THE latest research into the benefits of using seaweed varieties as cattle fodder to help drive down methane emissions was at the forefront of an industry summit this week.
Future Feed's Dr Breanna Roque was one of several keynote speakers to address the crowd of producers during ABS' 2022 Beef Conference in Tamworth this week and highlighted some of the promising research within the space of using seaweed as livestock feed.
Specialising in the Asparagopsis variety of seaweed, the company has monitored its benefits through a variety of feeding programs across different livestock during the past decade.
During the presentation, Dr Roque highlighted four major trials which indicated that Asparagopsis "can significantly reduce methane emissions in cattle".
The first experiment was a 70-day trial conducted with sheep that showed an 80 per cent reduction in methane emissions with a three per cent feed inclusion, while the second trial was a 14-day study with dairy cattle which indicated a 67pc reduction with a one pc feed inclusion.
The third trial which included Brahman and Angus Cattle, as well as the fourth trial with a variety of beef cattle, also yielded promising results with reductions as high as 80pc with varying feed inclusions.
The topic created a robust question and answer period following Dr Roque's talk, which was highlighted by a number of questions ranging from when the product may be available to what the impact of harvesting the seaweed would have on the environment.
"In Australia, New Zealand and Hawaii, Asparagopsis is native and so it plays a really important part of the ecosystems in these oceans," Dr Roque said.
"It also grows wild in other parts of the world, but it is considered invasive in places like Portugal and all through the Mediterranean, which also offers some exciting opportunities as well.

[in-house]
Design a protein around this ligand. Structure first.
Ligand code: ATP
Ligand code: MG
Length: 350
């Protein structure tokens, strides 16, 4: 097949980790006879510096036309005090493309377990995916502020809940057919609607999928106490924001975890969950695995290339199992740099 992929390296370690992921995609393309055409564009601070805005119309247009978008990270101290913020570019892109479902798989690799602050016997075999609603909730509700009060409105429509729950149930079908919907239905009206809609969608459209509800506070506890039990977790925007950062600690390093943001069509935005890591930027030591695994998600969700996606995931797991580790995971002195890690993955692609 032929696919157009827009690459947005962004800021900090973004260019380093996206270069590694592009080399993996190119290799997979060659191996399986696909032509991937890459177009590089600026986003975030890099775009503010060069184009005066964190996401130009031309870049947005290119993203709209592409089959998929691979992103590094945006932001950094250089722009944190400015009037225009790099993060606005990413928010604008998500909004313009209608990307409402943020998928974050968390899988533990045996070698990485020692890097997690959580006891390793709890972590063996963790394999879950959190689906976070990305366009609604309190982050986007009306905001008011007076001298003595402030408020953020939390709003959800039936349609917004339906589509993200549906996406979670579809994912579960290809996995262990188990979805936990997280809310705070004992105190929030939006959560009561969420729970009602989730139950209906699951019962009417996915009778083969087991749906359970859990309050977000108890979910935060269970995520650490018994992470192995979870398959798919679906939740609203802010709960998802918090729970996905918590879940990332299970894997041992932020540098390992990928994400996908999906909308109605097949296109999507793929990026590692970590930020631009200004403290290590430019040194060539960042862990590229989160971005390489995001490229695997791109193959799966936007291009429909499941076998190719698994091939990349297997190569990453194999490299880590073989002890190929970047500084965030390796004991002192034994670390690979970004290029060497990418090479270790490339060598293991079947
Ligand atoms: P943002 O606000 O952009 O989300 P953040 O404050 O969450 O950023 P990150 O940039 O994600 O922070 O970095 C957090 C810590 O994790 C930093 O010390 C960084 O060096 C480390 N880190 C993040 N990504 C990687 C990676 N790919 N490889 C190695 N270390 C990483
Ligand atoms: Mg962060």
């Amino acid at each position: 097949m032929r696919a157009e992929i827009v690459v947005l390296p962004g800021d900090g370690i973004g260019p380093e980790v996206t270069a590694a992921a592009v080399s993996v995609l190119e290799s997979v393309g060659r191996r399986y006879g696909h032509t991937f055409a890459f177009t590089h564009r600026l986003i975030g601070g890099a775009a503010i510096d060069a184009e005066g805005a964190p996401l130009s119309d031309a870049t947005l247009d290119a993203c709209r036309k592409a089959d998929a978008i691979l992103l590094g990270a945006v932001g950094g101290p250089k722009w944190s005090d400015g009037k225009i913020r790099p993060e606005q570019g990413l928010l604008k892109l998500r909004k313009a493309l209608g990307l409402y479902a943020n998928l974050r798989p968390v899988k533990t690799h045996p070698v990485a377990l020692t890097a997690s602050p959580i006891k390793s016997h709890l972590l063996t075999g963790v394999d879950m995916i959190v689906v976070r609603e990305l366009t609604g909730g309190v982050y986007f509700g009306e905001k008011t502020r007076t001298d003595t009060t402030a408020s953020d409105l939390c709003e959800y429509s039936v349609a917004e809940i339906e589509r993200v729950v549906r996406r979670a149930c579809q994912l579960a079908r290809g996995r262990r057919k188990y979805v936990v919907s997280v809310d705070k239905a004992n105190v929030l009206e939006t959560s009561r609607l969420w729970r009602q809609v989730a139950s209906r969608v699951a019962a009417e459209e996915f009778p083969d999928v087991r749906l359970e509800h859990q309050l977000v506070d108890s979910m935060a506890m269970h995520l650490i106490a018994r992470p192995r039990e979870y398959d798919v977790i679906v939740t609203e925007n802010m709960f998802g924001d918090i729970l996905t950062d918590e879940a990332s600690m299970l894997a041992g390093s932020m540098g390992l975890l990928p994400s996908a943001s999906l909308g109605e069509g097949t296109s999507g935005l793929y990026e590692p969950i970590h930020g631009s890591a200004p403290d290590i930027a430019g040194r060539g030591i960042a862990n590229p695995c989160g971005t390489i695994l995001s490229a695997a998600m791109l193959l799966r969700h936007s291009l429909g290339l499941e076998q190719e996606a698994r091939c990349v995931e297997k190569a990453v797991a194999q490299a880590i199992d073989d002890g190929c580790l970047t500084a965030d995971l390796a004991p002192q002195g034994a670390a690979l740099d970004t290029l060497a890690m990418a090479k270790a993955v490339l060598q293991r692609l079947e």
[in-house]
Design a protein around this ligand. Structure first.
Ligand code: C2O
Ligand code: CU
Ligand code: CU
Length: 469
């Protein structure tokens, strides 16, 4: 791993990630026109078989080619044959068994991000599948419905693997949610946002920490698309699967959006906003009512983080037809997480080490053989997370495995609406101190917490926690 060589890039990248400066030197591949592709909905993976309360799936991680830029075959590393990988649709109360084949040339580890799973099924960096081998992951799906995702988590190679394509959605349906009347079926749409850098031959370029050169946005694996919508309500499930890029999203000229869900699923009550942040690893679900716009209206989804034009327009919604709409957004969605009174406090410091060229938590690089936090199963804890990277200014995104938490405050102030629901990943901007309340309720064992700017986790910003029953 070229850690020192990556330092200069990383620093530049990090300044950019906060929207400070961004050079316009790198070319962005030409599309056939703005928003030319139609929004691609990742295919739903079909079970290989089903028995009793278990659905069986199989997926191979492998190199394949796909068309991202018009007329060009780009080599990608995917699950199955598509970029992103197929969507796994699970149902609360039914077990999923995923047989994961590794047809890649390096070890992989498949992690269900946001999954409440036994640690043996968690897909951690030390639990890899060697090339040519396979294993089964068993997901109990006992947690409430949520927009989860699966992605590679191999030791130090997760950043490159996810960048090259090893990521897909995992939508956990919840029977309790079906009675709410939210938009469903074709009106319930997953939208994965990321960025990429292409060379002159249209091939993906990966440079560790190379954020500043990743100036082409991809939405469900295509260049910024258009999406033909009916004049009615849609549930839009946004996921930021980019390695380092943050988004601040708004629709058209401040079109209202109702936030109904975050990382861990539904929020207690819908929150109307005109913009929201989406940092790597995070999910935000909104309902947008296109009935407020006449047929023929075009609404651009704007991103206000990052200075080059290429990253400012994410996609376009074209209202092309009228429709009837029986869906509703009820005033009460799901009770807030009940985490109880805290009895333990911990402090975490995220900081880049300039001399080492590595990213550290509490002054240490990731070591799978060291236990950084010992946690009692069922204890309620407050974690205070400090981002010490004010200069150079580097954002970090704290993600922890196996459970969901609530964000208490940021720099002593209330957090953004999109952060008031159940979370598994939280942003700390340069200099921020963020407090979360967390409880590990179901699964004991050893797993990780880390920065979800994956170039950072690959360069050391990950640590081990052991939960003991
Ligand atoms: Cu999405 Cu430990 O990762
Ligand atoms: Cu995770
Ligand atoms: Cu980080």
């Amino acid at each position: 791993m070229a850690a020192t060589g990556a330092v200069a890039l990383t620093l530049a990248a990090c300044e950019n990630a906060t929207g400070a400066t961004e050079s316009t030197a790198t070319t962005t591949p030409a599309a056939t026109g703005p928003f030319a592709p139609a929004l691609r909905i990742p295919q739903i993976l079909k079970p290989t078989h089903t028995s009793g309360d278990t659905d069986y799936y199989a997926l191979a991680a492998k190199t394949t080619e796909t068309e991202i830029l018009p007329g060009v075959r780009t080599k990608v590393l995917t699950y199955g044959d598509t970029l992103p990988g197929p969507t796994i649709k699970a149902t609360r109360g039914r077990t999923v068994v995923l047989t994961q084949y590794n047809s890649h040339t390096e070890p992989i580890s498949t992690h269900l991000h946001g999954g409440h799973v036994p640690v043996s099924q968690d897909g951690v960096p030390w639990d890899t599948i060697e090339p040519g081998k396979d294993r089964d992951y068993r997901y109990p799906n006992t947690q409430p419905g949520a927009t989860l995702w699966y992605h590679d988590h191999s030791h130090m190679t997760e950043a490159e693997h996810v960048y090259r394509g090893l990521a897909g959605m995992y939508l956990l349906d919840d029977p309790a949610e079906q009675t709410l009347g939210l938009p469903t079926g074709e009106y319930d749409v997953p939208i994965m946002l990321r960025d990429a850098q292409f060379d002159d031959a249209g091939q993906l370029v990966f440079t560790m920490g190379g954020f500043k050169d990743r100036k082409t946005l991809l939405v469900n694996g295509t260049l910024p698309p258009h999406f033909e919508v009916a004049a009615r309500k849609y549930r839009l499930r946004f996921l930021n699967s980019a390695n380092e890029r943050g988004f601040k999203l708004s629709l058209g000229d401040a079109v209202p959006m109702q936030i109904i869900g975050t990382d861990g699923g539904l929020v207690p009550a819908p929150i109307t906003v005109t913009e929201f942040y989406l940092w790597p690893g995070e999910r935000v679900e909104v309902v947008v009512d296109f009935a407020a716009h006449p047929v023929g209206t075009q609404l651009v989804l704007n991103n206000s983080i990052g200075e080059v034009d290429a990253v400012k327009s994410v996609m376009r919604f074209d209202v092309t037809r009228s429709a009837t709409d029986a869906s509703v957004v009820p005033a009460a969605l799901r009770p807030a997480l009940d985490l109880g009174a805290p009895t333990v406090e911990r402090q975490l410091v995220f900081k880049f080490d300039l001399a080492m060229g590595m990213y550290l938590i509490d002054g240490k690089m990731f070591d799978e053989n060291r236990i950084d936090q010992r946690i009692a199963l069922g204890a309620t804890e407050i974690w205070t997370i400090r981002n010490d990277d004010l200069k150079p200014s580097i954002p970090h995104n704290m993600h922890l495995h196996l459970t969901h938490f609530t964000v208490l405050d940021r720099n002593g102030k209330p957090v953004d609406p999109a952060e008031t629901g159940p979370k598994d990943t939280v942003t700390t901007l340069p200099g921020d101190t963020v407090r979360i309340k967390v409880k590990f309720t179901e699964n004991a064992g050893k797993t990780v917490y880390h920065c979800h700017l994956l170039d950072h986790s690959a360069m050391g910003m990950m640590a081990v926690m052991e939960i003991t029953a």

"The licencees we have in the areas where it is native are looking at supplementing wild harvested seaweed with tank systems where you can pump ocean water in and out.
"Another good aspect about this particular variety of seaweed is that it can act as a biofilter, so while it's growing it can be sequestering carbon from the atmosphere, as well as filtering contaminates out of the water if done correctly and what Future Feed is here for is to ensure it is done correctly."
Dr Roque told the conference that while the results were promising, there was still work to be done.
"As far as what's next for us, the big thing we will be focusing on is investing in more trials as well as investing in marketing," she said.
"From there, the next big thing is certification and building a global certified trademark on the product.
"Another key focus is overcoming all of the regulatory barriers to make the product accessible. Overall, our hope is we can provide the livestock industry with a product they can use to help get methane reductions of 80pc or more and I think we are gaining traction."
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